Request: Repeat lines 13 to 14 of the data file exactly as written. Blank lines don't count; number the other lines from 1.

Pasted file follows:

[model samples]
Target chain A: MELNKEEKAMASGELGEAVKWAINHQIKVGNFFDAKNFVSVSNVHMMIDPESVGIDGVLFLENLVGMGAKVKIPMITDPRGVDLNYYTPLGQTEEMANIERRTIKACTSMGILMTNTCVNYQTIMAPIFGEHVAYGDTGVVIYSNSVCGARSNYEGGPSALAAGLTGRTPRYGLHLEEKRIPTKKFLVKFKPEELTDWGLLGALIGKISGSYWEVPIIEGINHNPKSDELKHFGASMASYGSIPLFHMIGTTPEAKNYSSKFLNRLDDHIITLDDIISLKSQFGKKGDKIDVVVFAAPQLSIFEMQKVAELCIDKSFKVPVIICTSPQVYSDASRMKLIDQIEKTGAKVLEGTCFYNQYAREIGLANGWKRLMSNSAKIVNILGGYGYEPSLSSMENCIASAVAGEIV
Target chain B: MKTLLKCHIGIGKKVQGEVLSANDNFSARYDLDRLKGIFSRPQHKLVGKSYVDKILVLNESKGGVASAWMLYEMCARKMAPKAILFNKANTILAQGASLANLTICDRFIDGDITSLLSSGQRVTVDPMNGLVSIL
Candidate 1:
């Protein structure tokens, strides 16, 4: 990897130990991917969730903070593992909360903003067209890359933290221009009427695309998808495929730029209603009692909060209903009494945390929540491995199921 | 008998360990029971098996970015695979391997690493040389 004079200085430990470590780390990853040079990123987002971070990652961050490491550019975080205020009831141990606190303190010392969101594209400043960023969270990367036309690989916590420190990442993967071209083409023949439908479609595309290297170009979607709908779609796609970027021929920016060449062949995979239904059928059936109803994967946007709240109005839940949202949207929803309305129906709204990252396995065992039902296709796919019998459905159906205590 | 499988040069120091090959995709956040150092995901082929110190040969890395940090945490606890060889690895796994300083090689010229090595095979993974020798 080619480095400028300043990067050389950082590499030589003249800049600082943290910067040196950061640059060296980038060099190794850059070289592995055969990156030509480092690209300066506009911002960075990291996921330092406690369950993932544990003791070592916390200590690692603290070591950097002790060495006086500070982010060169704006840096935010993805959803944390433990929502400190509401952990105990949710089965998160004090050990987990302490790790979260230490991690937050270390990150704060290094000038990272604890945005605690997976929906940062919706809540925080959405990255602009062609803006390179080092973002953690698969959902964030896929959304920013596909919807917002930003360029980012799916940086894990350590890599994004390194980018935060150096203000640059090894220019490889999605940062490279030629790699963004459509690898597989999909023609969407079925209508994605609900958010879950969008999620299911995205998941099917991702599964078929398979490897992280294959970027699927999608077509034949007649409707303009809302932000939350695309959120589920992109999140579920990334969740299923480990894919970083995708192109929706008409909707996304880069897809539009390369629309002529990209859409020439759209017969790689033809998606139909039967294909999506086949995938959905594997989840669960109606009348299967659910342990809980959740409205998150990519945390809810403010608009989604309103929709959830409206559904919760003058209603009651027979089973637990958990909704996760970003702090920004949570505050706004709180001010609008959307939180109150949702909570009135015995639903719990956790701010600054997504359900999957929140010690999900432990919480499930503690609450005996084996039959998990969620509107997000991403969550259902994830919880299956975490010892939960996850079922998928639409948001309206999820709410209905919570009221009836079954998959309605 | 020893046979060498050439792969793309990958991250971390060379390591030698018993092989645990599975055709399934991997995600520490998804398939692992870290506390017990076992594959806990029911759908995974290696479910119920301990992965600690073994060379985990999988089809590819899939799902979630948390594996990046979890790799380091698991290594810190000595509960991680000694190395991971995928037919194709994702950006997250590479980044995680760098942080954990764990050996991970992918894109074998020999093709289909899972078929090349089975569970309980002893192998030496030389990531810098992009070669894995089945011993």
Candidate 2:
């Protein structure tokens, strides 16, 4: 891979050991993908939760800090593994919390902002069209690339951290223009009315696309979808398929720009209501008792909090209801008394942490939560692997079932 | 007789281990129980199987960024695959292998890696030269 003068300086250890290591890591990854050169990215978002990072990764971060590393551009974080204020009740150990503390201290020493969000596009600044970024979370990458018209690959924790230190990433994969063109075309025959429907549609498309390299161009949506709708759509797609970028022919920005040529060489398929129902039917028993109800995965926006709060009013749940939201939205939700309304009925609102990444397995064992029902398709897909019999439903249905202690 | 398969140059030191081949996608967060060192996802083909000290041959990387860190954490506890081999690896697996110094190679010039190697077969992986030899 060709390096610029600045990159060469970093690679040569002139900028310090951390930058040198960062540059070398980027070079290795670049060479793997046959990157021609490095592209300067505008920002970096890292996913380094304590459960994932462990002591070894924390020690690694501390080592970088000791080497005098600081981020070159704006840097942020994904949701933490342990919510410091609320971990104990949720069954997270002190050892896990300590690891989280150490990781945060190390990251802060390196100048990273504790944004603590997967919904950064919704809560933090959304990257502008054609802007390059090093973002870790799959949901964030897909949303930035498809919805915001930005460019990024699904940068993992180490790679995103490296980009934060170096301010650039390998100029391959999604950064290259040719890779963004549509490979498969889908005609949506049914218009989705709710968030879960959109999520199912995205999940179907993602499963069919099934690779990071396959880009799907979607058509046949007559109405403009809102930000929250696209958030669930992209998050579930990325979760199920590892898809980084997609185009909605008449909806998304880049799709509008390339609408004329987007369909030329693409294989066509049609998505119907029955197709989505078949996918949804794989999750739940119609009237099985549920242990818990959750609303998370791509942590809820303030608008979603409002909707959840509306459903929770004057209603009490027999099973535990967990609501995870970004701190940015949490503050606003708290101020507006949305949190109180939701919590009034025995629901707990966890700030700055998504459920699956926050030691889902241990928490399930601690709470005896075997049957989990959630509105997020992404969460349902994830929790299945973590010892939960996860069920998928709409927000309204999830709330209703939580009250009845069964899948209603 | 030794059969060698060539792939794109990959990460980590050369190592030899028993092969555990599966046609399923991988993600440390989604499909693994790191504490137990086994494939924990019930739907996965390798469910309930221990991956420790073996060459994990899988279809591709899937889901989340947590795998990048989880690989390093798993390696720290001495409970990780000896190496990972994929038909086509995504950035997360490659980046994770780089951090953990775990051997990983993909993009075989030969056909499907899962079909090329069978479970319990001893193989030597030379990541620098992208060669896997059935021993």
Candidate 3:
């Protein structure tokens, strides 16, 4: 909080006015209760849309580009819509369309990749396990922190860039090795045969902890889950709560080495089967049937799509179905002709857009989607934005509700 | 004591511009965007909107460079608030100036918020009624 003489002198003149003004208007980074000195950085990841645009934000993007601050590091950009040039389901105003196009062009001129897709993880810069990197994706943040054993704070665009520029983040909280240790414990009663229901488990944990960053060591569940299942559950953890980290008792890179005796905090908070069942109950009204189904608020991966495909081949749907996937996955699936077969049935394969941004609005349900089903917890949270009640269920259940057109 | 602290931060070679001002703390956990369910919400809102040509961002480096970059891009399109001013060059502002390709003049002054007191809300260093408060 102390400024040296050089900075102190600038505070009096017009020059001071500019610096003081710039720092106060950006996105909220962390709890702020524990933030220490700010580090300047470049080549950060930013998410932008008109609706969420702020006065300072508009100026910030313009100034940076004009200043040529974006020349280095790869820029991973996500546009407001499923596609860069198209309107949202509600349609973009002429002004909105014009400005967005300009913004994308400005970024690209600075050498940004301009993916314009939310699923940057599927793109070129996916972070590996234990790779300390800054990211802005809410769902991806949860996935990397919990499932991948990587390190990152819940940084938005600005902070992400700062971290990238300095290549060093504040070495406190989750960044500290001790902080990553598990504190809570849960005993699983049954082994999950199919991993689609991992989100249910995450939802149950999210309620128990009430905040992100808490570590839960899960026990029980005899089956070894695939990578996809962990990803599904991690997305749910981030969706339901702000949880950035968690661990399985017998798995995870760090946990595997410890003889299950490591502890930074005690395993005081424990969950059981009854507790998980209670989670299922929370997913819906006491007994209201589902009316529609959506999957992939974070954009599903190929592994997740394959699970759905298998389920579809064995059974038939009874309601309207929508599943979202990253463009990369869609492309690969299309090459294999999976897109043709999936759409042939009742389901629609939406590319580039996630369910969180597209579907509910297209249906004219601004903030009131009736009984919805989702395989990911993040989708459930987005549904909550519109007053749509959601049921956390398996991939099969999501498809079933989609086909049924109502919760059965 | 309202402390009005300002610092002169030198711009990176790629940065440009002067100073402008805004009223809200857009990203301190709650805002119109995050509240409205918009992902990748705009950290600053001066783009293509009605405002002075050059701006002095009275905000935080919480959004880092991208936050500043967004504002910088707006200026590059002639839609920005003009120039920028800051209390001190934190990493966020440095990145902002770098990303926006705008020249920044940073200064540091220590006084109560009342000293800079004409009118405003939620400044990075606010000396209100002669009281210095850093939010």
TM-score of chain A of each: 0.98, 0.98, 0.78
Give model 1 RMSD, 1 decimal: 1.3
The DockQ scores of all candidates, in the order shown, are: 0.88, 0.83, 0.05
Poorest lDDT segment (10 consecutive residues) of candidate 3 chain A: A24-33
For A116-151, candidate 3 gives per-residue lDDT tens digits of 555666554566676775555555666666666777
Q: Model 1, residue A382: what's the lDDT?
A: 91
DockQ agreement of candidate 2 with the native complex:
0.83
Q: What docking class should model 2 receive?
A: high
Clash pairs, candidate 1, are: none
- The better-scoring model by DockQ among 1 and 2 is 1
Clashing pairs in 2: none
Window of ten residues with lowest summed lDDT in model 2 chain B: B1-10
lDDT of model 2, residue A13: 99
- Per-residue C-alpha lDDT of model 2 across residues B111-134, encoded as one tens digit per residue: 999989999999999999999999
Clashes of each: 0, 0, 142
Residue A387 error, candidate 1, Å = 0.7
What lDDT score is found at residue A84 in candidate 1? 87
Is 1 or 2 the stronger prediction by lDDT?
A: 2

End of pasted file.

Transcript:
Poorest lDDT segment (10 consecutive residues) of candidate 3 chain A: A24-33
For A116-151, candidate 3 gives per-residue lDDT tens digits of 555666554566676775555555666666666777